Parents do indeed complain to Hogwarts.
Parents do complain to Hogwarts about particular issues they wish to see them address. In fact, Lupin resigned when it was mentioned over breakfast that he was a werewolf partly because parents would start sending owls to Hogwarts complaining that a werewolf was allowed to be teaching there.
“I think the loss of the Order of Merlin hit him hard. So he – er – accidentally let slip that I am a werewolf this morning at breakfast.’
‘You’re not leaving just because of that!’ said Harry.
Lupin smiled wryly.
‘This time tomorrow, the owls will start arriving from parents – they will not want a werewolf teaching their children, Harry.”
- Harry Potter and the Prisoner of Azkaban, Chapter 22 (Owl Post Again)
Additionally, parents also complain to Hogwarts about matters less dramatic in nature than whether werewolves should be allowed to teach, such as the content of the Hogwarts library.
“More than one parent has demanded the removal of this particular tale from the Hogwarts library, including, by coincidence, a descendant of Brutus Malfoy and one-time member of the Hogwarts Board of Governors, Mr. Lucius Malfoy. Mr. Malfoy submitted his demand for a ban on the story in writing:
Any work of fiction or nonfiction that depicts interbreeding between wizards and Muggles should be banned from the bookshelves of Hogwarts. I do not wish my son to be influenced into sullying the purity of his bloodline by reading stories that promote wizard—Muggle marriage.”
- The Tales of Beedle the Bard
So yes, parents do complain to Hogwarts about various matters, both small and large in scale.
But parents are not always told of events.
However, parents can only complain to Hogwarts about events if they are aware of them, and parents are not always made aware of certain events at Hogwarts. For example, the official story told by the Ministry claimed Cedric’s death was an accident.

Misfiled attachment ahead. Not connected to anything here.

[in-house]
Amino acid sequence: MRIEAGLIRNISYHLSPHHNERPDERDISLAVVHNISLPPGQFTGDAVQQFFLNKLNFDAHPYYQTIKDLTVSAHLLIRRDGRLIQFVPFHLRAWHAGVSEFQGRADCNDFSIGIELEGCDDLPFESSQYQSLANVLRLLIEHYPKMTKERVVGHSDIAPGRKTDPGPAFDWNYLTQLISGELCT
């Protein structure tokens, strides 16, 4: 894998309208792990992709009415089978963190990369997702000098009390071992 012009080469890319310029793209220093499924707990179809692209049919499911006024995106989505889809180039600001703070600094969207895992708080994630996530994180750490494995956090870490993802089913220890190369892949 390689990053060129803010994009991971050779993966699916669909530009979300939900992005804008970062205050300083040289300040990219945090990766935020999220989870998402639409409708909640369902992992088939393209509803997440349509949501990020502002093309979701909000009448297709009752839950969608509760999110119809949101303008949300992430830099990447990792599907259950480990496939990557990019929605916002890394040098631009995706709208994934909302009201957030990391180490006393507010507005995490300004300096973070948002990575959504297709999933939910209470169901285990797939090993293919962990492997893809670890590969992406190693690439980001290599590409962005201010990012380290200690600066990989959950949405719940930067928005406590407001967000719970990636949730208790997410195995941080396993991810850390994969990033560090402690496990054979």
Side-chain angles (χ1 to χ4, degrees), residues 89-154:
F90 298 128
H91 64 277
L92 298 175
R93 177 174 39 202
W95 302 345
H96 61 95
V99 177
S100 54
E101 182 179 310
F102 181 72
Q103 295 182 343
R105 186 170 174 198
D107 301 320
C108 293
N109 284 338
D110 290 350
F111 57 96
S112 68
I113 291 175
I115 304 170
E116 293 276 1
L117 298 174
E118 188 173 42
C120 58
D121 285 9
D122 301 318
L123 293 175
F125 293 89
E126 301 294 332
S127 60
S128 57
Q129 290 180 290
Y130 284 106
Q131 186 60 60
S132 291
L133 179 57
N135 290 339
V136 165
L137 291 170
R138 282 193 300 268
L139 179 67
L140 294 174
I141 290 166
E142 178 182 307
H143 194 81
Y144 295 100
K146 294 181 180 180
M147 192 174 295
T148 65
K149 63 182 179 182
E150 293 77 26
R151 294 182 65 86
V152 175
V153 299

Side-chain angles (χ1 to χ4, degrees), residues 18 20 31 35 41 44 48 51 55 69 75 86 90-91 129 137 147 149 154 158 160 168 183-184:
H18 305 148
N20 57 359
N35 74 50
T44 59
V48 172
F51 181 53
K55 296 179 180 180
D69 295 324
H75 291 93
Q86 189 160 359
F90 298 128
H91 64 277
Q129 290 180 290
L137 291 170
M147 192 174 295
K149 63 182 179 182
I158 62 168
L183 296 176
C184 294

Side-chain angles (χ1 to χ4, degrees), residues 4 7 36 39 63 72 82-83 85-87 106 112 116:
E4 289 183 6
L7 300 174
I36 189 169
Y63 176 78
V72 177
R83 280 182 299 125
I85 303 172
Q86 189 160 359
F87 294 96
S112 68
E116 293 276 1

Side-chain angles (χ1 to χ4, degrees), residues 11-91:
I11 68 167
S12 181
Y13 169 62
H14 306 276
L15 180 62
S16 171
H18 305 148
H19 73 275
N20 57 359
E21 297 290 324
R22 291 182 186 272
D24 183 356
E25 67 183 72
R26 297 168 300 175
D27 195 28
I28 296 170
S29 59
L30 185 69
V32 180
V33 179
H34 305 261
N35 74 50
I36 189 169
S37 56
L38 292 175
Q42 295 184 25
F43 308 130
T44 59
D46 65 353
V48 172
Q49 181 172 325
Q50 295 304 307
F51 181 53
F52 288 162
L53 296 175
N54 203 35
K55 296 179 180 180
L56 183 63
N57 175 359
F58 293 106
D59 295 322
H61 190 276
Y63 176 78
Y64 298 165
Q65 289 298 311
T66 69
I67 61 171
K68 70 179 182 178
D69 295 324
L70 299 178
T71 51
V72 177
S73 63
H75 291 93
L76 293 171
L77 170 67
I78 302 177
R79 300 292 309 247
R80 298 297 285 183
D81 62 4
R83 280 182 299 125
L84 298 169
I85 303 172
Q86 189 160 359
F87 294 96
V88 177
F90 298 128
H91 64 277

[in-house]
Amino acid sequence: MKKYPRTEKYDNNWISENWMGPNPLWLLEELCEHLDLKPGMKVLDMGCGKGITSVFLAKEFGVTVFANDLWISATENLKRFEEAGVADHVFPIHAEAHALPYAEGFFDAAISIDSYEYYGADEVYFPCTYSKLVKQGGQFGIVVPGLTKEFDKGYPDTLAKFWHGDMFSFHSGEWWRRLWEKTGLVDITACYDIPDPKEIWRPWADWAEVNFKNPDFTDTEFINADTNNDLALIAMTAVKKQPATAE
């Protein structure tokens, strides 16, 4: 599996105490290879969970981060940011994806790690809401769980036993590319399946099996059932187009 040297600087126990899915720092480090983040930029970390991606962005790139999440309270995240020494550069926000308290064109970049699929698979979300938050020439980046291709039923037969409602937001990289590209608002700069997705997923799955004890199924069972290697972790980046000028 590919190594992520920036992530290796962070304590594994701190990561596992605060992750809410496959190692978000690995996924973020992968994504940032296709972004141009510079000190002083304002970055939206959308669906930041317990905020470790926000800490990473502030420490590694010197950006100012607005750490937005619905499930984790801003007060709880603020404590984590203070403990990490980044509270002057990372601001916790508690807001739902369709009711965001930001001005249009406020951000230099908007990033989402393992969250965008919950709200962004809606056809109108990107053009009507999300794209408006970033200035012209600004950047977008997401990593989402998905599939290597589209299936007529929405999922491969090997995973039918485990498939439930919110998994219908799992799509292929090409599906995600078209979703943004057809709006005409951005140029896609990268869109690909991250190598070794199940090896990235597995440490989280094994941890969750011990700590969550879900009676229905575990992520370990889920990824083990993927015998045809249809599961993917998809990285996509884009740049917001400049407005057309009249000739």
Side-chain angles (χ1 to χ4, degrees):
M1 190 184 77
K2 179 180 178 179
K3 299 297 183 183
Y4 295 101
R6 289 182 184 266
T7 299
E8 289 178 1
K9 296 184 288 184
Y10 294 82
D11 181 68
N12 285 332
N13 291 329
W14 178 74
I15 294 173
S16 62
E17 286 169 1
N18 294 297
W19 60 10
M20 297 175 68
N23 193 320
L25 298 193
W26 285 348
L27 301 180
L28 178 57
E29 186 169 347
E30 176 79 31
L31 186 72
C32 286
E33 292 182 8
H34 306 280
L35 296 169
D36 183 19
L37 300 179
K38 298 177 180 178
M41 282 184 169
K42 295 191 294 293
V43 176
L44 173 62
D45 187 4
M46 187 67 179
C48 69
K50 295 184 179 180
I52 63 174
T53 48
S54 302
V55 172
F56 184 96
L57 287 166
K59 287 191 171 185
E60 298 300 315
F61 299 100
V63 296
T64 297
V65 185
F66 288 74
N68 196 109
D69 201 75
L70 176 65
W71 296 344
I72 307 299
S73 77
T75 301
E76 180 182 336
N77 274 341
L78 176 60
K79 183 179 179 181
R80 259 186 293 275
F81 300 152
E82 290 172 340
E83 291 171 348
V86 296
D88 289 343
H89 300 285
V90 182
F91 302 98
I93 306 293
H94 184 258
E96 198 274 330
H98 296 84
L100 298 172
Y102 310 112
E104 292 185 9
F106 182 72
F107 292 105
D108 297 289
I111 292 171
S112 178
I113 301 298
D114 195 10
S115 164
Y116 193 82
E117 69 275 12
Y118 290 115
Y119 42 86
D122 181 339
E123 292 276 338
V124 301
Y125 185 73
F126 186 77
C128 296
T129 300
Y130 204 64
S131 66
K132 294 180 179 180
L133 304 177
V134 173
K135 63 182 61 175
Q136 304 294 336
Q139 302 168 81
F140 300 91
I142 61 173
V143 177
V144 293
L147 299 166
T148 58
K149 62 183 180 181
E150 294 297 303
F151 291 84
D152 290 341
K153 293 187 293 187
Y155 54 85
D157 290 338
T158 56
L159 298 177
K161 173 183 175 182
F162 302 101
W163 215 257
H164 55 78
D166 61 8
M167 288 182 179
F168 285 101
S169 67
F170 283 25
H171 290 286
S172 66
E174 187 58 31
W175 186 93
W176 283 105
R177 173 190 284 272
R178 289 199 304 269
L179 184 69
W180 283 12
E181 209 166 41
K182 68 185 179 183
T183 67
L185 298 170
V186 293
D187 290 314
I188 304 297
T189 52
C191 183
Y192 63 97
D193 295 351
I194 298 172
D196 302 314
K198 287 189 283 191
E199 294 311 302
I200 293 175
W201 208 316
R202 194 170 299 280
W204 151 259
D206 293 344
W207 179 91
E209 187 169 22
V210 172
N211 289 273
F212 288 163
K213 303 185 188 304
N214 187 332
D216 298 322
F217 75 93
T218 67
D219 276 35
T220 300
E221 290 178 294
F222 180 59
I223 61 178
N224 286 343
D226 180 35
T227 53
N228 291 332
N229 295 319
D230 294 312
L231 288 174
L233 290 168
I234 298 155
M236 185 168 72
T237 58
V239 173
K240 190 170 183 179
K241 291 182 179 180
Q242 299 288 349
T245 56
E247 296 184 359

“They stared avidly from Harry to Professor Umbridge, who had raised her eyes and was staring at him without a trace of a fake smile on her face.
‘Cedric Diggory’s death was a tragic accident,’ she said coldly.”
- Harry Potter and the Order of the Phoenix, Chapter 12 (Professor Umbridge)
Myrtle’s death also was most likely explained as an accident - Riddle says from his diary that the story given out was that the death was a freak accident. While Riddle is untrustworthy, since giving obviously false information if his claim is verifiable could expose him as lying, he is likely telling the truth about the official story.
“But the Headmaster, Professor Dippet, ashamed that such a thing had happened at Hogwarts, forbade me to tell the truth. A story was given out that the girl had died in a freak accident.”
- Harry Potter and the Chamber of Secrets, Chapter 13 (The Very Secret Diary)
In addition to the Ministry and Hogwarts not always telling parents the truth, their children may not tell them what is going on either, particularly if their parents are Muggles and have little connection to the wizarding world.
“My parents are Muggles, mate,’ said Dean, shrugging. ‘They don’t know nothing about no deaths at Hogwarts, because I’m not stupid enough to tell them.”
- Harry Potter and the Order of the Phoenix, Chapter 11 (The Sorting Hat’s New Song)
Parents do not complain about certain events more because they are unaware of them, and therefore unable to complain.